We Can't Wait Another Year

In the spring of freshman year, I raised my hand in Spanish Aa and answered a question incorrectly. The girl beside me whispered, “Did you go to private school or public school?” Stunned, I mumbled “public” just so she would look away from the tears welling in my eyes.

I was the first in my rural high school to attend an Ivy League university. I thought I might have a tough time fitting in socially with peers from prep schools and wealthier backgrounds. I also thought that hard work and asking for help would be enough to do reasonably well academically, even when I made mistakes along the way. However, I didn’t know what I was getting myself into, nor did my advisers realize the extent to which I was underprepared.

This is why the College must offer a summer enrichment program for students from under-resourced high schools: Low-income, first generation, and underrepresented students could navigate Harvard more smoothly if they were provided with peer and institutional support.

During freshman spring, I requested an appointment with a counselor at the Bureau of Study Counsel for help in Math 21a. I already had a tutor, frequently attended office hours with the professor, and visited the Math Question Center almost every night. But I still felt lost and was in danger of failing the class. The counselor asked about my roommate situation, homesickness, sleeping and eating habits, as well as how often I went to office hours and if I had a tutor. The elephant in the room was that I should not have been in Math 21a in the first place, that I should have started with a lower level like Math Ma if I hoped to stand a chance in a STEM field. But neither of us realized that, and it was too late to drop the class. My Resident Dean of Freshmen told me to work harder when I sought an exception to the add/drop deadline, and I could barely hold back tears until I stepped out of the Freshman Dean’s Office.

A summer enrichment program for students from under-resourced high schools could have prevented a situation like mine. These students have the talent, drive, and smarts to survive here, but peer solidarity and institutional support can mean the difference between surviving and thriving. Countless students, myself included, could have benefited from an enrichment program, and there is no reason for yet another class of students to arrive in the fall without one. A cohort of students who understand each other’s backgrounds would serve as a support system beyond advising conversations at the start of the term. Just like the Freshman International Program, we need an orientation program that recognizes the needs of students who come from environments incredibly different from Harvard, and that a network of similarly situated peers facilitates immersion into the university.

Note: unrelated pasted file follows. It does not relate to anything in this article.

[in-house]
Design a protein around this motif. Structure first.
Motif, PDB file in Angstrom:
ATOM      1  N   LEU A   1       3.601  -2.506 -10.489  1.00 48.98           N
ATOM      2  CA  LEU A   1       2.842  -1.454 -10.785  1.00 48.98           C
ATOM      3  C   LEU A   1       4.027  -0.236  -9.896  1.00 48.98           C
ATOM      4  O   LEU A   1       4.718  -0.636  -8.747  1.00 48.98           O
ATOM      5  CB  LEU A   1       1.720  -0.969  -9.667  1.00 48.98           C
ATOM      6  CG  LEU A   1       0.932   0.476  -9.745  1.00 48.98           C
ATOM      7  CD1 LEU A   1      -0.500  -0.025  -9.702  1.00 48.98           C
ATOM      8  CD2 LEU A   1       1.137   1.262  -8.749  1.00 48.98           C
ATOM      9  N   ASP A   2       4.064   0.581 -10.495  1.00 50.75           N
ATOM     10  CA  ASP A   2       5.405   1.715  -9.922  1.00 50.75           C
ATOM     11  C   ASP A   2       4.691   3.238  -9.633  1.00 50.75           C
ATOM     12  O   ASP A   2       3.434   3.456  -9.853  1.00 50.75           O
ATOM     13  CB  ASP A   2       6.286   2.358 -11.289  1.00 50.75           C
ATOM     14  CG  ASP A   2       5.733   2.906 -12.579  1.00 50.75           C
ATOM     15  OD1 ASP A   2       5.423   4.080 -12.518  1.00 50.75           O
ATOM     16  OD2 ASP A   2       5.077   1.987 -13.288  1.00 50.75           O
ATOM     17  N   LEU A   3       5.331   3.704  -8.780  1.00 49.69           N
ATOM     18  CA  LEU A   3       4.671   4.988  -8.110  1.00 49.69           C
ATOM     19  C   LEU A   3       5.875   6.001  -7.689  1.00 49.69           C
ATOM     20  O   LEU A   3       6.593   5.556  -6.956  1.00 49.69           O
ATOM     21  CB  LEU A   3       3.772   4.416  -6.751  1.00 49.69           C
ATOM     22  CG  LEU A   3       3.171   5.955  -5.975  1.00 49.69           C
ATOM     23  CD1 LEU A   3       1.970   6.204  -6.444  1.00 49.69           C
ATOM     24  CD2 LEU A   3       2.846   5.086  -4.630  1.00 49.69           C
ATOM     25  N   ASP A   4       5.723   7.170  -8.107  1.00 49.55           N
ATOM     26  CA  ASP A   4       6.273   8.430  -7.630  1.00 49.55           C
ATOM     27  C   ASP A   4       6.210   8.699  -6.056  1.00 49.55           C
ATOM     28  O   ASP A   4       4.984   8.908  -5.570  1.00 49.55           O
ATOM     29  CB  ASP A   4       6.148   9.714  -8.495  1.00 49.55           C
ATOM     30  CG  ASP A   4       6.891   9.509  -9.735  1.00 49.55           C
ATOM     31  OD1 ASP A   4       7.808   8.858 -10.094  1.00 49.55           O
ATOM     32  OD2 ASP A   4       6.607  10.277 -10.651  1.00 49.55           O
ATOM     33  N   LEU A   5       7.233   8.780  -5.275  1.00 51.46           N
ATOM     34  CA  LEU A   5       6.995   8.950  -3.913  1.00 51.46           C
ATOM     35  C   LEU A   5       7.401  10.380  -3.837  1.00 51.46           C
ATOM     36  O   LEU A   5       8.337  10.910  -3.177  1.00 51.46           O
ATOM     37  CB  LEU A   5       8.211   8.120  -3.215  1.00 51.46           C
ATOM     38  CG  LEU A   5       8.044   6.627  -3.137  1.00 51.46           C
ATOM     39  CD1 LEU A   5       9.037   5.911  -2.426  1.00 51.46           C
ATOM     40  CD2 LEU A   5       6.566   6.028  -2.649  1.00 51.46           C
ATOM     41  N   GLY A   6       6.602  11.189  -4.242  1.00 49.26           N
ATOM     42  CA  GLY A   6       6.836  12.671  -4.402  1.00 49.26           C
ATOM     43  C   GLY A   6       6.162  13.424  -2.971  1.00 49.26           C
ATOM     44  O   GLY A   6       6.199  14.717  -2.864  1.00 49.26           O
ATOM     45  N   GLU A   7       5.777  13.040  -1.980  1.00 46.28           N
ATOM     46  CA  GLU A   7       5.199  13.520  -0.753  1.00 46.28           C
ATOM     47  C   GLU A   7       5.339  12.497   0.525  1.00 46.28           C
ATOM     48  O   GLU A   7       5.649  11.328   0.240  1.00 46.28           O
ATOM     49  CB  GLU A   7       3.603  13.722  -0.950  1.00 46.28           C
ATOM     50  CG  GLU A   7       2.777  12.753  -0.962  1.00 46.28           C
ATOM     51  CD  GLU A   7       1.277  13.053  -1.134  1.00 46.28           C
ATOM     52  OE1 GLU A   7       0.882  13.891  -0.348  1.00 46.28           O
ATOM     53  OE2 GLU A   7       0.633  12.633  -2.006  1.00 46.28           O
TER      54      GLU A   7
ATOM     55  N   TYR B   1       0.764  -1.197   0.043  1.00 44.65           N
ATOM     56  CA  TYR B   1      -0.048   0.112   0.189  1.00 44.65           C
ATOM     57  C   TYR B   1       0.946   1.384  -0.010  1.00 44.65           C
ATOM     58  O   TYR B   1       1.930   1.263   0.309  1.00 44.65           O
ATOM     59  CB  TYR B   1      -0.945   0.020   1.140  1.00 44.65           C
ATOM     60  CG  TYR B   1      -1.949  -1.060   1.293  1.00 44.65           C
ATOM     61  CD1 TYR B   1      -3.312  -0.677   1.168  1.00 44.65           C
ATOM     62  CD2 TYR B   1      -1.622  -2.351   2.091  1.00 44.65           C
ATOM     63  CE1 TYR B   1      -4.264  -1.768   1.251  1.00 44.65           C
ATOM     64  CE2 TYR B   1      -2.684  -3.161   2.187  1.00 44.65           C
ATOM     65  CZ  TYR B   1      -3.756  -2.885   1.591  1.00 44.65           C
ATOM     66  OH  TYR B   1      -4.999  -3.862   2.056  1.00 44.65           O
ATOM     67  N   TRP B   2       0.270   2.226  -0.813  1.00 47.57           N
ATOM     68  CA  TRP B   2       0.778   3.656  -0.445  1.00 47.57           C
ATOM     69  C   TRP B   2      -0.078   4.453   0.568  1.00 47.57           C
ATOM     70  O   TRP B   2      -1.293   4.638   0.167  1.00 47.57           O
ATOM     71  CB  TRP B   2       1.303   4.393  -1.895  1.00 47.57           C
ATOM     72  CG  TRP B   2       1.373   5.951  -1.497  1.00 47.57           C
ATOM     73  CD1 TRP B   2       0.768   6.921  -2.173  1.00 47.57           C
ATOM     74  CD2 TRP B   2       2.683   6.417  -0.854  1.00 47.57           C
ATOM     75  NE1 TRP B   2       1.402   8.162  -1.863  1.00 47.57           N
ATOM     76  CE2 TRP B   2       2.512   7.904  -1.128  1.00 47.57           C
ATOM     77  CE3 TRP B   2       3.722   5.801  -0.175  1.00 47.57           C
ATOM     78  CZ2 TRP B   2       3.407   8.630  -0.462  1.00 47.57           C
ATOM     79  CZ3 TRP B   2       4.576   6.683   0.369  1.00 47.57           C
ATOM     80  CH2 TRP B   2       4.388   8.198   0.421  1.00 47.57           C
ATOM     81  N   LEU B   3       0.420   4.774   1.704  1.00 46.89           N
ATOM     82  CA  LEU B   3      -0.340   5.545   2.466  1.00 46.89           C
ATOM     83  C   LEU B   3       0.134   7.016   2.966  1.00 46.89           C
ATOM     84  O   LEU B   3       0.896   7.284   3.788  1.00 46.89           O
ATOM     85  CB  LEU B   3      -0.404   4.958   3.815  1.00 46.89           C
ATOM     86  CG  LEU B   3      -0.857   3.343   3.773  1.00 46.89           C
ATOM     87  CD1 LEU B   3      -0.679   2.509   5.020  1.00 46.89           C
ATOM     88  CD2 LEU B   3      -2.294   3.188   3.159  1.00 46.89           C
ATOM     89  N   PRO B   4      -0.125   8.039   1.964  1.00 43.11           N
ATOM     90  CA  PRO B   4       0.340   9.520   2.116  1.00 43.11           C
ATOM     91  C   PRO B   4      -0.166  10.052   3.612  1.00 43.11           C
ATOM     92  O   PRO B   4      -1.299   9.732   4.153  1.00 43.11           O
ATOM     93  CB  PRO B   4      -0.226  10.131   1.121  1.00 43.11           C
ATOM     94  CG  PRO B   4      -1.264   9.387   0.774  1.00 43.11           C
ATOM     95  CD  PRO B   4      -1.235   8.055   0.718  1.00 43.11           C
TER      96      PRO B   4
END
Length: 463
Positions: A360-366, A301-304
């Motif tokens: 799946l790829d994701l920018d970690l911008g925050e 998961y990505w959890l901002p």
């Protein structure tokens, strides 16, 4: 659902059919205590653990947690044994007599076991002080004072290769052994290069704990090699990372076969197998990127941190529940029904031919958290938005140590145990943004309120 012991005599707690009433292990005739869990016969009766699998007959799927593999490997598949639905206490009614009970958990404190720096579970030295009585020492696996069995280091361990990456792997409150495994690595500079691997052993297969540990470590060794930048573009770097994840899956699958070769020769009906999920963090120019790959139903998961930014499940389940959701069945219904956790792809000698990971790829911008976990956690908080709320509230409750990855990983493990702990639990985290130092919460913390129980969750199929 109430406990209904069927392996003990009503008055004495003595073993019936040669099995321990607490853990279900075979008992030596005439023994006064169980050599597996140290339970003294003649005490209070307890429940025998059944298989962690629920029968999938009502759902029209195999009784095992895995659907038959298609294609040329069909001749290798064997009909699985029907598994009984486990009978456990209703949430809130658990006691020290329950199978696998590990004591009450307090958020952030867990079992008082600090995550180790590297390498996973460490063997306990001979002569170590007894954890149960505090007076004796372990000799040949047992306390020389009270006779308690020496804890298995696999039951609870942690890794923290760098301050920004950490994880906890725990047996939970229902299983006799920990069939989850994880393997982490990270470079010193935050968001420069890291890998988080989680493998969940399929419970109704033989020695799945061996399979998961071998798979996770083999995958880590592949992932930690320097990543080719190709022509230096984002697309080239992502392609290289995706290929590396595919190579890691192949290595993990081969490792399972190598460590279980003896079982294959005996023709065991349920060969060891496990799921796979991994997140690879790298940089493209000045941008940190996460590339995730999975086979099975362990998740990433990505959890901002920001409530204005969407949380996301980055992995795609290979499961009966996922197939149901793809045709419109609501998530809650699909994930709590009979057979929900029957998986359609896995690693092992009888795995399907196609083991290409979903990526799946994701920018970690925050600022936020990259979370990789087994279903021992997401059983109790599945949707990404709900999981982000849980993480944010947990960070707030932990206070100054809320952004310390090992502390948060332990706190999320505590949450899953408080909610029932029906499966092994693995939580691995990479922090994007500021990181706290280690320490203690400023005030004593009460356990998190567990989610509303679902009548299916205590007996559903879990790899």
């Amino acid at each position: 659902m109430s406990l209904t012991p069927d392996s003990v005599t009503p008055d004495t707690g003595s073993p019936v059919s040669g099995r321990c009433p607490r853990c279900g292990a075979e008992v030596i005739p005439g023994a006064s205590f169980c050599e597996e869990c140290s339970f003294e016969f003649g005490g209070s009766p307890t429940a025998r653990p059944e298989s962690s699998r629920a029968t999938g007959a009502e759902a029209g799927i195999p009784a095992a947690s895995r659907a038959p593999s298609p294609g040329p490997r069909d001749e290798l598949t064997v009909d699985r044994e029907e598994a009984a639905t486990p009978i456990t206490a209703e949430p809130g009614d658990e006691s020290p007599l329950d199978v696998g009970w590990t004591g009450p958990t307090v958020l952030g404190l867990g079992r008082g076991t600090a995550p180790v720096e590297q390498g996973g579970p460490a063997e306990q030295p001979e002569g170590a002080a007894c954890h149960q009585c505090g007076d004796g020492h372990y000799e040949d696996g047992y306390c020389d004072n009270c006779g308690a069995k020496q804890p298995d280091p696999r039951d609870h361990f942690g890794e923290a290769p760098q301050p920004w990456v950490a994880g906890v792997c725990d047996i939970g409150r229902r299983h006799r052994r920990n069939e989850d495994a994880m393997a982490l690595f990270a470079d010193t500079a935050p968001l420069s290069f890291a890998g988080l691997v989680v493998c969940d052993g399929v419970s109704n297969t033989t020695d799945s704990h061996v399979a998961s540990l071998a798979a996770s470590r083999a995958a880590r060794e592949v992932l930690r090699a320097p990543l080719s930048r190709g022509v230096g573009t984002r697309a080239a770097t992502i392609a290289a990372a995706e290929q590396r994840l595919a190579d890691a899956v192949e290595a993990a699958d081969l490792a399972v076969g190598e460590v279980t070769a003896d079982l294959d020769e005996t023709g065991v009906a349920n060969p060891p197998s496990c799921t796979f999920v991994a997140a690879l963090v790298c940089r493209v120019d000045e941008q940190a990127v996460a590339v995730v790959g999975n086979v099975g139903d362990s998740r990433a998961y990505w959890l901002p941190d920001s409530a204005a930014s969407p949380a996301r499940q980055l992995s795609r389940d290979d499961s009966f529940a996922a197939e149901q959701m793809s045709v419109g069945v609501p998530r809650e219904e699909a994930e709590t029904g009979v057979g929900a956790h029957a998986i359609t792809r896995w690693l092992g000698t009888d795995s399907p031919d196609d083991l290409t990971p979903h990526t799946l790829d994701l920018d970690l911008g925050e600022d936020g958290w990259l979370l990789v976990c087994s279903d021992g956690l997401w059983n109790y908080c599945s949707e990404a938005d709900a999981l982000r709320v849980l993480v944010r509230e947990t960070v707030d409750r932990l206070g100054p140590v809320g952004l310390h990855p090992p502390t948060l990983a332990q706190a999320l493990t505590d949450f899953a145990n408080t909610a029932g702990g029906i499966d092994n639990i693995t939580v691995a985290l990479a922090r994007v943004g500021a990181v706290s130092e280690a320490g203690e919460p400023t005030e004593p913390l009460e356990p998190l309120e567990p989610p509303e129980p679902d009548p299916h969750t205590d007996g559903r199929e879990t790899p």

A summer enrichment program is where to start if Dean Khurana truly believes in a Harvard where wealth does not correlate with GPA, success in STEM fields, or 4-year graduation rates. This program would cost a minuscule fraction of the amount spent on financial aid for these students. If we can afford the high expense to bring them here, we can afford the quite low expense of empowering them to succeed here. Most of our peer schools have done this for years; for instance, Princeton offers the Freshman Scholars Institute, a 7-week program where students earn two course credits and build a strong community of peers and advisers who empower them to navigate their first year and beyond.

Last year, I interviewed a student who participated in Dartmouth’s program. Her parents don’t speak English, and she was nervous to attend an elite university in a rural area with mostly white, wealthy peers. She credits her advisers and mentors in the program for helping her thrive her first year—and her fellow participants for “getting” her background and experiences in the transition to college. Similarly to my experiences, she found that making friends with diverse groups of people matters, but that solidarity from people who understand can make the difference for academic success.

Each year Harvard postpones approving a program for students like her and countless others, incoming students suffer needlessly, even though we have had a viable plan in front of us for years without action. I spearheaded a student group that put an hour-by-hour schedule of a week-long program on Dean Khurana's desk a year and a half ago. It’s inexpensive, our peer schools do it, and students are suffering without it—what is he waiting for?

Dean Khurana, you brought us here. You flaunt us in your diversity statistics. You hold the power to create not just a diverse environment, but an inclusive one. Hundreds of students currently at Harvard could have benefited from a summer enrichment program, and no doubt dozens more will arrive on campus in the fall of 2017. Don’t they deserve the same chance to belong and to succeed as their wealthy classmates?

Savannah N. Fritz 17 is a Sociology concentrator in Kirkland House.

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